Time to stick a fork in the Penguins?
Chris Stevenson, QMI Agency
|Pittsburgh Penguins goalie Marc-Andre Fleury lets in a a goal by Philadelphia Flyers Sean Couturier during the third period of Game 2 in their NHL Eastern Conference quarter-final hockey game in Pittsburgh, Pennsylvania April 13, 2012. (REUTERS/Jason Cohn)
The Pittsburgh Penguins are done.
Stick a fork in them and into a bowl of free chili at Shale’s Cafe, across from the Consol Energy Center, which is free whenever the Penguins score five goals.
The Penguins did that Friday night, but unfortunately the hated Philadelphia Flyers scored eight and now the Penguins trail their Eastern Conference opening round playoff series 2-0 as the scene shifts to Philly. Game 3 is Sunday afternoon (3 p.m.) and Game 4 is Wednesday.
That the Penguins are done was the feeling among the clientele and staff at Shale’s. The proprietor, Jimmy, with a crushed cigarette between his fingers as he pulled beers behind the bar, was asked if the chili was still free despite the fact the Penguins had scored five goals in a loss.
“Unfortunately,” he said, “yes.”
Not that it seemed the fans had much of an appetite after the loss, which was largely self-inflicted by the Penguins, who couldn’t find the handle on 3-1, 4-3 and 5-4 leads. They gave up two short-handed goals, which were huge momentum shifters.
The only thing longer than the faces of Penguins fans right now are the lineups at the bridges.
When the home team is down 2-0 to the hated Flyers, it’s always handy in a city with three rivers to have lots of bridges from which to jump, which seems to be the preferred way to cope with the Penguins’ precarious position in their opening round series.
“How are you today?” I asked the doorman of my hotel.
“Not very good after that game last night,” he said. “I hate losing, but I really hate losing to Philadelphia. Anybody but the Flyers.”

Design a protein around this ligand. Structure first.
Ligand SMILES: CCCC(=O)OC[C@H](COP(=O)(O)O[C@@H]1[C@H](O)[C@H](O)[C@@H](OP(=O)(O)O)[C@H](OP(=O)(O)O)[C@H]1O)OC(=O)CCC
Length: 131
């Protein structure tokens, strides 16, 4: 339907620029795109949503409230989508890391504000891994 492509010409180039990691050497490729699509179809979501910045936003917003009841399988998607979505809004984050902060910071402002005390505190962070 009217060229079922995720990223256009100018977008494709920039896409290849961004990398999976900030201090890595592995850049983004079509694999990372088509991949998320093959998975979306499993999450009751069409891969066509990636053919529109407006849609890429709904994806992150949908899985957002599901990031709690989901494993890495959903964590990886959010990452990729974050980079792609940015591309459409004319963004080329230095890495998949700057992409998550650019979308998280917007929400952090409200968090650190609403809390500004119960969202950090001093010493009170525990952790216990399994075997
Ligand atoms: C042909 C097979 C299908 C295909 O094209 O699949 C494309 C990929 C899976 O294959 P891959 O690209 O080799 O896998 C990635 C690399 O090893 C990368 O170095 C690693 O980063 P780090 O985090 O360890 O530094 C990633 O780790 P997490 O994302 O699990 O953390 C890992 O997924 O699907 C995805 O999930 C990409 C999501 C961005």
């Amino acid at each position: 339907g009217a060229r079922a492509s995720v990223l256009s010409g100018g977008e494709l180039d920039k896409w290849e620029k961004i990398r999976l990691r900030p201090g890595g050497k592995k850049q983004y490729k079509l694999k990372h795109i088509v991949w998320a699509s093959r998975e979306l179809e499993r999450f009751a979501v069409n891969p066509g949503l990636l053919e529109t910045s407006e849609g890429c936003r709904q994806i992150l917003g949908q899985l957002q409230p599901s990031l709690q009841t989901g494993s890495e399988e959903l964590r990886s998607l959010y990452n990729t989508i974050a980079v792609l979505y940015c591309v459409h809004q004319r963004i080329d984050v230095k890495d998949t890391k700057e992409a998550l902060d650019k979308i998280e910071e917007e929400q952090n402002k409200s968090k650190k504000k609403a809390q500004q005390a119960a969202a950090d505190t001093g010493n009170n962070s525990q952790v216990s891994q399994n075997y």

So, the feeling here seems to be the Penguins won’t be back, which, I guess, is a somewhat understandable sentiment given the way the Penguins have lost the first two games and given the opposition is the Flyers, who have shown they have the offensive depth and skill to take advantage of the Penguins’ mistakes.
But Penguins fans don’t have to look too deeply into the past to find an example of a team losing the first two games of a series and coming back to win. Last spring, the Boston Bruins lost the first two games on home ice to the Montreal Canadiens - the hated Habs - and came back to win the next two in Montreal to even the series (remember the Ference Finger?), including an overtime win in Game 4 to avoid going down 3-1.
It took the Bruins overtime in Game 7 to get past the Canadiens, but they did it and then they swept the Flyers in the second round. The B’s wound up beating the Tampa Bay Lightning in seven games in the Eastern Conference final - and needed seven to make most of the hockey world happy to be denying the Vancouver Canucks the Stanley Cup.
So, there you go.
Now, if the Penguins are going to get back in this series, they are going to have to eliminate the crippling mistakes they’ve made over the first two games, like the defensive zone turnovers committed by the likes of centre Jordan Staal - supposedly a stout defensive player - and defenceman Ben Lovejoy. Seventeen seconds after the Penguins had taken a 5-4 lead early in the third, Lovejoy tried to pass the puck through Flyers rookie Sean Couturier, who knocked it down and scored.
After Staal turned it over with a weak clear up the middle, ex-Penguin Jaromir Jagr scored the winner.
Now the Penguins face having to win in Philly, a place where they’ve actually had some success, a place which Penguins captain Sidney Crosby said brings out the best in the Penguins.
They better hope so.
“We’ll see the true face of our team,” said Penguins defenceman Kris Letang. “We’ll see if guys have character. We’ll prove a lot.”